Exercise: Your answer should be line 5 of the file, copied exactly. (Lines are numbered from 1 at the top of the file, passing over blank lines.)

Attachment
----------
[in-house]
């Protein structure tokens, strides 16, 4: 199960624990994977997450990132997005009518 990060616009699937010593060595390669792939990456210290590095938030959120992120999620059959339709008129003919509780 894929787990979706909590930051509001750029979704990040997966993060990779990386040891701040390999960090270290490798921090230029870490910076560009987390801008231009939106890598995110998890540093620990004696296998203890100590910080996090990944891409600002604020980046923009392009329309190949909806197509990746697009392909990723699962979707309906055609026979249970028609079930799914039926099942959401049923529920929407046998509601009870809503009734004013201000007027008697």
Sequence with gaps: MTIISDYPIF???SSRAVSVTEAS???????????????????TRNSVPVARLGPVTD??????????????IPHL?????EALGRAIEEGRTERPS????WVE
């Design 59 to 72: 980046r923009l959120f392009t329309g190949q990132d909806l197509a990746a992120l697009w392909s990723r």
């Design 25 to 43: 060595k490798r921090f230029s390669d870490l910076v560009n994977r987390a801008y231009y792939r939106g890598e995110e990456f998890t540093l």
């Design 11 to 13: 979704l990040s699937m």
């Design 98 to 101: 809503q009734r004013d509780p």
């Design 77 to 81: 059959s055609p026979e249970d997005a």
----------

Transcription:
């Design 25 to 43: 060595k490798r921090f230029s390669d870490l910076v560009n994977r987390a801008y231009y792939r939106g890598e995110e990456f998890t540093l």